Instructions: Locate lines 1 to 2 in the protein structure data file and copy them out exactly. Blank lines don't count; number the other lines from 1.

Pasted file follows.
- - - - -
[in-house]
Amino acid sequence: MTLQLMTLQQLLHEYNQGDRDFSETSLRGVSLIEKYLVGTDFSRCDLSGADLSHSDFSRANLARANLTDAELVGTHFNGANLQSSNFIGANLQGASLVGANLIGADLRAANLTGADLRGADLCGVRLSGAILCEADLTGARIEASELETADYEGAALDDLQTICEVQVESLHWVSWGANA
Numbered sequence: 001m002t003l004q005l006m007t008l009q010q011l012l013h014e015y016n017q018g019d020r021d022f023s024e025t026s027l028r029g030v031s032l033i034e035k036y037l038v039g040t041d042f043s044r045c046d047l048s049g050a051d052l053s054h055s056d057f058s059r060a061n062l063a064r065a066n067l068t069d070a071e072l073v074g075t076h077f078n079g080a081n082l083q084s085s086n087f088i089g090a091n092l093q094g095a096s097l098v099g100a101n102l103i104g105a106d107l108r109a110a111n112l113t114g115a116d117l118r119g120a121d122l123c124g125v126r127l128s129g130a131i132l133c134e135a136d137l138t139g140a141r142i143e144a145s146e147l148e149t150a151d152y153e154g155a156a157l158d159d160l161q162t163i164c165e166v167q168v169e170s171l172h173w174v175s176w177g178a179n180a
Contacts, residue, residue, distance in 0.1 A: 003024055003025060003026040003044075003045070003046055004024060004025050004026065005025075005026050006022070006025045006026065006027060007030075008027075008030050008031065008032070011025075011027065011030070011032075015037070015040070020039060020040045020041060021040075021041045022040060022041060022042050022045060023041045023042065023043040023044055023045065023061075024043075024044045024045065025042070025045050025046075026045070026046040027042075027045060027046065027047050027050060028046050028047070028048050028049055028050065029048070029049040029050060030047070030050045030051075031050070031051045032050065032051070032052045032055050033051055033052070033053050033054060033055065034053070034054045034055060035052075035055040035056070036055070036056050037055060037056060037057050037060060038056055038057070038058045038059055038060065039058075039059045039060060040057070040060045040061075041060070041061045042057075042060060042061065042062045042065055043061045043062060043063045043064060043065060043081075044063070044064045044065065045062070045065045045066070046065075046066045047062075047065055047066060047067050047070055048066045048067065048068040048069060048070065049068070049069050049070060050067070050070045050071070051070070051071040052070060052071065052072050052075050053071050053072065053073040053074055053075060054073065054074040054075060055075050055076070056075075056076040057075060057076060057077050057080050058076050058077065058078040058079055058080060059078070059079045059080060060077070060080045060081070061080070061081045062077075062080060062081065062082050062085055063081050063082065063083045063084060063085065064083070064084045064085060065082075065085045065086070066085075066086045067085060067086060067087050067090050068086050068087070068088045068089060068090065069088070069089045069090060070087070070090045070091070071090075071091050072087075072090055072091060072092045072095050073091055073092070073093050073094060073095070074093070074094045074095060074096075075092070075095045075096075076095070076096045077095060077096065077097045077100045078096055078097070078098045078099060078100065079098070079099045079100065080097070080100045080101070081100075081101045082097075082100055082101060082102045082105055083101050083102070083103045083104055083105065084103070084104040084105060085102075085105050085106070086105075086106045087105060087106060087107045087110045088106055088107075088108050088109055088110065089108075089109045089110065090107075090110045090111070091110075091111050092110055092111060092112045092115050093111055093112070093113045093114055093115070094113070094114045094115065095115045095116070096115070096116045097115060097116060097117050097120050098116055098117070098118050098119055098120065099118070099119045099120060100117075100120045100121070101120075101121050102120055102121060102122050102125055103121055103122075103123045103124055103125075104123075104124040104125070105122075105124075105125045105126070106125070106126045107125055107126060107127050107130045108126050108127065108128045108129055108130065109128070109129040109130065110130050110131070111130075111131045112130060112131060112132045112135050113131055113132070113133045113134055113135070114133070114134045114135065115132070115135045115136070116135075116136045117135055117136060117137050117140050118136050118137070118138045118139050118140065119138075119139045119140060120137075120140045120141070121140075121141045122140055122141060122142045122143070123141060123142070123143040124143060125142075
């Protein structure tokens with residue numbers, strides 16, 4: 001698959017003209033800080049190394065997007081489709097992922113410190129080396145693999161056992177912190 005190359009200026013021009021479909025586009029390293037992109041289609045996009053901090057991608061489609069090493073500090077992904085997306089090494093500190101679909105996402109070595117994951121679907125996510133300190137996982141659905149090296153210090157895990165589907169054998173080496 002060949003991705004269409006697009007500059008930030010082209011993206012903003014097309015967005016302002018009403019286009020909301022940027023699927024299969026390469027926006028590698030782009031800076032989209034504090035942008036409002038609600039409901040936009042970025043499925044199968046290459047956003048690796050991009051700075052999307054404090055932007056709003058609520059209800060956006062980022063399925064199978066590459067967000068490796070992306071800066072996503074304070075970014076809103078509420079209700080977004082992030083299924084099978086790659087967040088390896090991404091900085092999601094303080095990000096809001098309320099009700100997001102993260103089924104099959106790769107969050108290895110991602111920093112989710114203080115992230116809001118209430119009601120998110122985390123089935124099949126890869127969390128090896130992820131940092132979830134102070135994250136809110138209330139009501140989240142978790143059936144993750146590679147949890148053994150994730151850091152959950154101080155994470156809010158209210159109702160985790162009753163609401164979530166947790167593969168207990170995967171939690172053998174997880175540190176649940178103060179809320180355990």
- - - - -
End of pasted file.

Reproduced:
[in-house]
Amino acid sequence: MTLQLMTLQQLLHEYNQGDRDFSETSLRGVSLIEKYLVGTDFSRCDLSGADLSHSDFSRANLARANLTDAELVGTHFNGANLQSSNFIGANLQGASLVGANLIGADLRAANLTGADLRGADLCGVRLSGAILCEADLTGARIEASELETADYEGAALDDLQTICEVQVESLHWVSWGANA